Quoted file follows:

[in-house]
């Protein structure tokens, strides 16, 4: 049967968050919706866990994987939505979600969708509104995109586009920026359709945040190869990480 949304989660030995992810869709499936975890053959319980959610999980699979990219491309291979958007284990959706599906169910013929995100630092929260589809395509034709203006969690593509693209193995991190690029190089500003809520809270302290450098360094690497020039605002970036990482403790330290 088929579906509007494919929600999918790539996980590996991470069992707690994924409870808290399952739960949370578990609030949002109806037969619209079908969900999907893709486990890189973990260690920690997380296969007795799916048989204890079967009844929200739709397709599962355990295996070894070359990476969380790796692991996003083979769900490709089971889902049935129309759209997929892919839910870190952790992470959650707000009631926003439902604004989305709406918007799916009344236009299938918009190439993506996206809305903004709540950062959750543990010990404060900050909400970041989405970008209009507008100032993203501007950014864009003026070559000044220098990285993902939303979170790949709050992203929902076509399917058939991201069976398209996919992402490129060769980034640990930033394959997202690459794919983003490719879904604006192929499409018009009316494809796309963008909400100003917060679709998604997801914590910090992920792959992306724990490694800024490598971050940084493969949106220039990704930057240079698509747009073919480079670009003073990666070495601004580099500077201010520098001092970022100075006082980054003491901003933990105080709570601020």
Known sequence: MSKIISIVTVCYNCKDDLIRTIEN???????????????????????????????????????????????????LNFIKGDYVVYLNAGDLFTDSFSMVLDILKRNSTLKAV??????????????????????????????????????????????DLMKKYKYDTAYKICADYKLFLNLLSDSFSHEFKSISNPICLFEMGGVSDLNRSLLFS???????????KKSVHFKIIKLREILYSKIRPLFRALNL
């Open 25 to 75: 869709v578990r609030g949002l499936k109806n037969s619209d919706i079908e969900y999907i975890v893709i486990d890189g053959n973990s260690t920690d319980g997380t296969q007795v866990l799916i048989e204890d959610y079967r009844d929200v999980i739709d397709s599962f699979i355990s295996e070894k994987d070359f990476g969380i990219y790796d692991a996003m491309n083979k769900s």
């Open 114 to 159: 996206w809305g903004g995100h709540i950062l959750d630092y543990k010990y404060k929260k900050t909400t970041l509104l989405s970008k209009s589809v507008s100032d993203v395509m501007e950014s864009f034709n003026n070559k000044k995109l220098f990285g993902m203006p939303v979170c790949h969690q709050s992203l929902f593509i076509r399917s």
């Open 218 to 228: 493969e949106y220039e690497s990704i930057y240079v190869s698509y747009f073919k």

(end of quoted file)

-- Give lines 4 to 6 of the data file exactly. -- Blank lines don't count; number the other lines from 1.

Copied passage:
């Open 25 to 75: 869709v578990r609030g949002l499936k109806n037969s619209d919706i079908e969900y999907i975890v893709i486990d890189g053959n973990s260690t920690d319980g997380t296969q007795v866990l799916i048989e204890d959610y079967r009844d929200v999980i739709d397709s599962f699979i355990s295996e070894k994987d070359f990476g969380i990219y790796d692991a996003m491309n083979k769900s």
């Open 114 to 159: 996206w809305g903004g995100h709540i950062l959750d630092y543990k010990y404060k929260k900050t909400t970041l509104l989405s970008k209009s589809v507008s100032d993203v395509m501007e950014s864009f034709n003026n070559k000044k995109l220098f990285g993902m203006p939303v979170c790949h969690q709050s992203l929902f593509i076509r399917s």
């Open 218 to 228: 493969e949106y220039e690497s990704i930057y240079v190869s698509y747009f073919k």